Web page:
Again, it is Tuesday. Another election day, even.
It remains to be seen whether today, as Bruce Springsteen sang, the sky will indeed be "the same unbelievable blue."
In New York City today, for the first time the ceremony marking 9/11/01 will not take place at Ground Zero, where construction is moving victims' families to a nearby park instead.
In Toledo, also for the first time since the attacks of that day, the city of Toledo won't be holding a memorial. Instead, the mayor will order the flags lowered. He'll ask us to take a moment and remember this day.
As yesterday's Blade story put it: Local commemorations are generally growing smaller and more intimate
We've roused ourselves from sleep and started a new day on 2,191 other mornings since then.
How long is long enough? When does collective national grief turn inward and become private?
Anyone who's buried a loved one knows: There is no timetable for grief.
We are pained, we mourners, by any hint that there is some date by which we should be "over" death.
So what, then, of an entire nation that suffers? What of a nation that loses 3,000-plus people, but also - in the same slo-mo, rerun morning - loses much of the society's openness? We've been circling the wagons ever tighter for six years now.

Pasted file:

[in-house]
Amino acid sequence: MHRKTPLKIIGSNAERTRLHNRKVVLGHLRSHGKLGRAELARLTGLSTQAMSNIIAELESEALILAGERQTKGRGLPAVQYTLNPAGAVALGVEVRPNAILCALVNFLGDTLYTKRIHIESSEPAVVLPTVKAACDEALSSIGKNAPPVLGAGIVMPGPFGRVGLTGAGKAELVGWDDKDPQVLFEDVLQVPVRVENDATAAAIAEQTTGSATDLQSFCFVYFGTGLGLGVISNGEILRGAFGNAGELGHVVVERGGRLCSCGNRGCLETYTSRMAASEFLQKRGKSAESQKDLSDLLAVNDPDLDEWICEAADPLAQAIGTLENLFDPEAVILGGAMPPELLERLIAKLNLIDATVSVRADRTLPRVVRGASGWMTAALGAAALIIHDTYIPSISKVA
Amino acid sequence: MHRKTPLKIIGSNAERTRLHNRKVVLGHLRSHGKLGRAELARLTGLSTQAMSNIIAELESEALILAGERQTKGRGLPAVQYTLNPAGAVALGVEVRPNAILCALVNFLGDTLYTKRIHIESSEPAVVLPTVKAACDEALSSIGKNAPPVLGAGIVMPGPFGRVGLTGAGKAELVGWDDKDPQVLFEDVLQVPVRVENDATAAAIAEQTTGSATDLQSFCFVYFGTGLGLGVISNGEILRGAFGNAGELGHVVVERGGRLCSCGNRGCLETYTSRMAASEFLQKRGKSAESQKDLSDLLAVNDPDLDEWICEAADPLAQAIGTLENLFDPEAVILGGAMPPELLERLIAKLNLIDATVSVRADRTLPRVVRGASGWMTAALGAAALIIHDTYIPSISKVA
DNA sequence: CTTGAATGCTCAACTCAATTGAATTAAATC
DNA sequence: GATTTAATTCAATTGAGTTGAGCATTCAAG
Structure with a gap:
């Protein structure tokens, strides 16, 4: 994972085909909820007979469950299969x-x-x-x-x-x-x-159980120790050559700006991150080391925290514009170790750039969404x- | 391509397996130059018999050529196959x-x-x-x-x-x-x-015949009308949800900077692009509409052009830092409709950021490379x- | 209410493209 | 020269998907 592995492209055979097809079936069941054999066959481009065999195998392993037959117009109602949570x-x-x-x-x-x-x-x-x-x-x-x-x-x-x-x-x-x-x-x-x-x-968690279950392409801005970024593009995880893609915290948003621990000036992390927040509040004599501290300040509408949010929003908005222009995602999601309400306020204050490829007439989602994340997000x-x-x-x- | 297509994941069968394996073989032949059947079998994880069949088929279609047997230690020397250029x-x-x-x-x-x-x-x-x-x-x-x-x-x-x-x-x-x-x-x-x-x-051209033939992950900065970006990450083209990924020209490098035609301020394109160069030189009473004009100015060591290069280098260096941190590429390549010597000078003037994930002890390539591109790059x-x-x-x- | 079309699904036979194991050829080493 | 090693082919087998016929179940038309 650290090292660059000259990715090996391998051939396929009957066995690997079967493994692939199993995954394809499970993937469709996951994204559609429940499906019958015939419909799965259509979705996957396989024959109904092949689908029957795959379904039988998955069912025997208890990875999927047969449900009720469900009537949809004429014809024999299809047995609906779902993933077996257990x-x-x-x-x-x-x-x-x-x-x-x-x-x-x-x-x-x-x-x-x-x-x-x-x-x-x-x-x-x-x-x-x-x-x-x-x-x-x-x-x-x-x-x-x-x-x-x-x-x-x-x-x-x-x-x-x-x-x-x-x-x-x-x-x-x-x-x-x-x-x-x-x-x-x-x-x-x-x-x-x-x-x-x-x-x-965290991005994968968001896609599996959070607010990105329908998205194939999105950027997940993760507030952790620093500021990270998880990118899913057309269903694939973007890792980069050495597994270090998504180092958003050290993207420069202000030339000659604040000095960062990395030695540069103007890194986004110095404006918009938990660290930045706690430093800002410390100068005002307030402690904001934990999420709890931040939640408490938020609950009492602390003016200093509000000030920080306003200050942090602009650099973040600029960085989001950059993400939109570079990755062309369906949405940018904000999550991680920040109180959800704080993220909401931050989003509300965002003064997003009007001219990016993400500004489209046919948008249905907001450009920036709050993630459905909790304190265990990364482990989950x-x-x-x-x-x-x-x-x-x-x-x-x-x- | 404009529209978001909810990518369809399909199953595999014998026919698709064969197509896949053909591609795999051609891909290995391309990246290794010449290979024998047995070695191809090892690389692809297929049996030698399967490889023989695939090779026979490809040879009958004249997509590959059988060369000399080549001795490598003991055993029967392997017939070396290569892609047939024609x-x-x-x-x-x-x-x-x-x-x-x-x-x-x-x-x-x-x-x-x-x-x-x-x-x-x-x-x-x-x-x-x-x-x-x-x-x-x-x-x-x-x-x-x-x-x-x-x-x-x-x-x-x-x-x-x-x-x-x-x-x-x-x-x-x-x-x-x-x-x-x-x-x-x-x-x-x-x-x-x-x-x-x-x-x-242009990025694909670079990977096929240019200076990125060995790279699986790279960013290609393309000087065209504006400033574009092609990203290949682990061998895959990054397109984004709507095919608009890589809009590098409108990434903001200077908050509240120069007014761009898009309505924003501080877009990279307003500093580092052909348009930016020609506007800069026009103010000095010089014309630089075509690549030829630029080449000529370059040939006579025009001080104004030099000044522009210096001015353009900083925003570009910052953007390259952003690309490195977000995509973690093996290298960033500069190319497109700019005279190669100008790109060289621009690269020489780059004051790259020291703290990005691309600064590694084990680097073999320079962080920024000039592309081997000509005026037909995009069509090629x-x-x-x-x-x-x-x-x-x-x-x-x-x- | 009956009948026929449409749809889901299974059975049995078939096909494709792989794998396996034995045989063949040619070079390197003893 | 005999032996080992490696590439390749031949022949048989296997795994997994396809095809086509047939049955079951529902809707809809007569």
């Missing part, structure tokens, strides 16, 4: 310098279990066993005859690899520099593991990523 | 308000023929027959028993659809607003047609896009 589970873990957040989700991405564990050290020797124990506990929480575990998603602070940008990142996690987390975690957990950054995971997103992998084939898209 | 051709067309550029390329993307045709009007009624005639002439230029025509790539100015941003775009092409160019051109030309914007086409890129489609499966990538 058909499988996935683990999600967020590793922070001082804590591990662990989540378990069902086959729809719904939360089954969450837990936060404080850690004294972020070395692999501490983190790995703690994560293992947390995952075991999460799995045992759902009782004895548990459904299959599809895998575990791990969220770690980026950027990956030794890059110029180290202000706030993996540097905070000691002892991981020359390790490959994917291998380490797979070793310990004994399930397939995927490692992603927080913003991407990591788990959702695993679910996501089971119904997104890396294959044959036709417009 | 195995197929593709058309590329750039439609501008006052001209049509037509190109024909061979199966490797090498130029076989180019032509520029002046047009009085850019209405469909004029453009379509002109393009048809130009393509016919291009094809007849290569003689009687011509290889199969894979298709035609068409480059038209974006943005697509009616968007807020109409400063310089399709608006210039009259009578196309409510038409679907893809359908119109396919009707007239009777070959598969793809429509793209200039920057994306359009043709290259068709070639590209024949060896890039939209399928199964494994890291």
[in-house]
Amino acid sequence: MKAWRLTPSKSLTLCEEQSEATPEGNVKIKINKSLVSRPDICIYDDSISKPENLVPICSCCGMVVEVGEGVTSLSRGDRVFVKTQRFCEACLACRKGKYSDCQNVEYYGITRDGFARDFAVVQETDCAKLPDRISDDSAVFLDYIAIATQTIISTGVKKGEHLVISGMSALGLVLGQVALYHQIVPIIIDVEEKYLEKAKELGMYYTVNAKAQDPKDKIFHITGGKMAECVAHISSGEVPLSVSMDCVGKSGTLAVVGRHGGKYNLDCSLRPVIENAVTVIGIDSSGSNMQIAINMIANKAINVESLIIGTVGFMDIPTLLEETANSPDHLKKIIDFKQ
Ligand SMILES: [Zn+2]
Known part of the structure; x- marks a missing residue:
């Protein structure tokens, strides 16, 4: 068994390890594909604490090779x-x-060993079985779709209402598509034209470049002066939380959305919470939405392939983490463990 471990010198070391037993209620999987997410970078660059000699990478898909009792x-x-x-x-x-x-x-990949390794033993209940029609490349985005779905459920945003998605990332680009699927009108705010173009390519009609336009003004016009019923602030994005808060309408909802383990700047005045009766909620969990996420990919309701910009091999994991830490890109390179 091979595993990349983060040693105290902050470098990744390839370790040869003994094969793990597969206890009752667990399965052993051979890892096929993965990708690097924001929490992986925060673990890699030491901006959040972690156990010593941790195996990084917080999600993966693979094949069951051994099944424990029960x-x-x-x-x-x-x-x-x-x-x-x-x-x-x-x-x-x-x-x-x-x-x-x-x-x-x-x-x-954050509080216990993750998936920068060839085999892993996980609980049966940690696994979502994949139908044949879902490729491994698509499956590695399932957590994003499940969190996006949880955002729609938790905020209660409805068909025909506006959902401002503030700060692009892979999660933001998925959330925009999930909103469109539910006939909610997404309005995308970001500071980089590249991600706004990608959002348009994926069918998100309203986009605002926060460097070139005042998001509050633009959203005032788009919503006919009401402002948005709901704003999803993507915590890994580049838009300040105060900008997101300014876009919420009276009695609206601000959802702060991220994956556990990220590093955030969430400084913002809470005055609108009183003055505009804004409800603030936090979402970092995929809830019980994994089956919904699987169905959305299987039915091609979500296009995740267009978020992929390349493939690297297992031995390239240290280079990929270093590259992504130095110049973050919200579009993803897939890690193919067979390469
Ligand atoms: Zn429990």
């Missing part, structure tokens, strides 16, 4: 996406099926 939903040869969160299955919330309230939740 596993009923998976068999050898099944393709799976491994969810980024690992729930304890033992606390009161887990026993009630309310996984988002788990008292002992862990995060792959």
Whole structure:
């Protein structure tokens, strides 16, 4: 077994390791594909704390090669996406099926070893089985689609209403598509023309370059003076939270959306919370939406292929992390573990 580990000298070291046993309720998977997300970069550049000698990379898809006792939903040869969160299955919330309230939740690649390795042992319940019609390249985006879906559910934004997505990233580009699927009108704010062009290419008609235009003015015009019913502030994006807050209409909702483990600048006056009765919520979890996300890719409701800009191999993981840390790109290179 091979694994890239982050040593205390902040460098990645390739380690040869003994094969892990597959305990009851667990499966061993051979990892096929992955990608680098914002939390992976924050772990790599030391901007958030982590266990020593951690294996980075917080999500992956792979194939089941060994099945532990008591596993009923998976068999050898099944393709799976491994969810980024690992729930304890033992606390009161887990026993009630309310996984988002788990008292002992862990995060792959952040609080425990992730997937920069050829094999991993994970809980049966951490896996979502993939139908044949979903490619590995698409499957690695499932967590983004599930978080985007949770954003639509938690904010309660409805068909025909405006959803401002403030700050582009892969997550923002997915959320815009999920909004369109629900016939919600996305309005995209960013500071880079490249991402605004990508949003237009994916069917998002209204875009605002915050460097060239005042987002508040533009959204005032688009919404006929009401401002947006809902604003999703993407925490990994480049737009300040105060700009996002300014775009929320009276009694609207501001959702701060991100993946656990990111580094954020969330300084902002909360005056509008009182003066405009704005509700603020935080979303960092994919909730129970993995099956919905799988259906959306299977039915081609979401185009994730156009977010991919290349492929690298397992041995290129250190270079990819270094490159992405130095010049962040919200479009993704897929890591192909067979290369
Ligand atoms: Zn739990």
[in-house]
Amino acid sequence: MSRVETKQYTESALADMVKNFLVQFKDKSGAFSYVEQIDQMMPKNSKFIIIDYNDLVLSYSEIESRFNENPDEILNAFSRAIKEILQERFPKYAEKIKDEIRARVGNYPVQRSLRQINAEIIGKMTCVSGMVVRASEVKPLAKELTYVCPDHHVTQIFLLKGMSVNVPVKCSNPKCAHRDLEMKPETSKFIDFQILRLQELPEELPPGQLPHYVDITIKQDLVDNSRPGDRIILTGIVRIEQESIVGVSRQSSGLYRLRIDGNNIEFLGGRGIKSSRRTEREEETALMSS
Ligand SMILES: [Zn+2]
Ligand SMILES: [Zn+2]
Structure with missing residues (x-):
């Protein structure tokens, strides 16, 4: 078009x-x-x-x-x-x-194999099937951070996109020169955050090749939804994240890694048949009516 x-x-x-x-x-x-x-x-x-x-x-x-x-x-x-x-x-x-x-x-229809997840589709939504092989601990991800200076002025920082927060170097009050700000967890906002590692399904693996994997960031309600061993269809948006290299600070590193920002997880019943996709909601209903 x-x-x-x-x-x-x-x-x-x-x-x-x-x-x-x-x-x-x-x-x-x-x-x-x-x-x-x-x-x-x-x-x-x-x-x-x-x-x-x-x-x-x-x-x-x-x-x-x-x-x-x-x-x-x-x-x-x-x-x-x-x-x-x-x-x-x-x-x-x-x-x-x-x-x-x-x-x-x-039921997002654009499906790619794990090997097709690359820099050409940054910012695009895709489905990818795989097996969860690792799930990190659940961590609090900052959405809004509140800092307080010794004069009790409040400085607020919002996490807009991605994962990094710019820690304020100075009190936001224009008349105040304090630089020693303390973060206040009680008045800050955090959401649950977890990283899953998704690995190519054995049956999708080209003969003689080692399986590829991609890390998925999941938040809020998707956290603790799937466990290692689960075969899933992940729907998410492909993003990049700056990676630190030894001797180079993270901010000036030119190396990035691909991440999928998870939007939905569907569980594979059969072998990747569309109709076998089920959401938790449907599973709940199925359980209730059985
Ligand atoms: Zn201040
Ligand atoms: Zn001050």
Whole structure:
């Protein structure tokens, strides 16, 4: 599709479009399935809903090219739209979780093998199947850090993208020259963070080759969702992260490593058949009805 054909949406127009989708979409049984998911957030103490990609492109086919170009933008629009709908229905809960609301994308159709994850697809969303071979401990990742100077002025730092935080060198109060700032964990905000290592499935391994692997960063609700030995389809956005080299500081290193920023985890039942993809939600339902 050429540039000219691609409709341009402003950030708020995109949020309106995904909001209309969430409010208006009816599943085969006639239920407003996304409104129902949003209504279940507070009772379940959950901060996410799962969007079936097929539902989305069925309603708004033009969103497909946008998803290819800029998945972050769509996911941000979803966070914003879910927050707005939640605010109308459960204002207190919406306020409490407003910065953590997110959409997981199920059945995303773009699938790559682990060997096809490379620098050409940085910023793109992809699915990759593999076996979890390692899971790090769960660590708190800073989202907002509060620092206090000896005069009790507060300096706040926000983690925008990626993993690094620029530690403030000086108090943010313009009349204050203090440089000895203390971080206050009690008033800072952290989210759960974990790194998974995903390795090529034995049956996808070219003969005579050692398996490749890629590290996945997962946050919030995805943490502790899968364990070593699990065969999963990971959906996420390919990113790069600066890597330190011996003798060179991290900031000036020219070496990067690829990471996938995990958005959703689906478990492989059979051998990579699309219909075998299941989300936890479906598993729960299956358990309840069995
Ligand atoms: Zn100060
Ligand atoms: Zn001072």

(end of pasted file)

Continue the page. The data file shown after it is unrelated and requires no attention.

If polls tell we're weary of the Iraq War that followed Sept. 11, are we weary of commemorating the event itself?
In our pixilated, televised memories, the towers fall and fall and fall. Again and again. Over and over.
We see footage of dust rising six years ago, and still our hearts sink, even now, after life has plunged ahead. But do they sink a little less now?
Maybe, watching again this time (as you know TV will make sure we do today), reality will intrude a little faster.
Oh Lord, look at that building collapse!
Did I leave the front-yard sprinkler on?
Moving forward is inevitable and healthy, even as so much of our public life remains ruled by Sept. 11. War. "Homeland" security. Reapportioned federal budgets. Civil liberties. A presidential election that cannot and should not dodge the consequences of terrorism.
Then again, what barometer of the American psyche is more accurate than its products? No one seems incensed today that a New York City online store features an entire 9/11 gift section.
The Twin Towers statue, $41.99. Or the set of six WTC notecards that "will truly impress your friends and family," $16. Is a replica of the Chambers Street subway sign for the WTC station a bargain at $29?
But then, what does it mean when a 9/11 memorial lapel pin "featuring the stars and stripes of USA's flag" is reduced from $6.99 to $4.99?
Same with the "Gone But Not Forgotten T-Shirt," a tribute to the city's brave police and fire heroes "who gave their lives on 9/11," now on sale at $21.99.
Grievous memories on mark-down.
Is that the American way?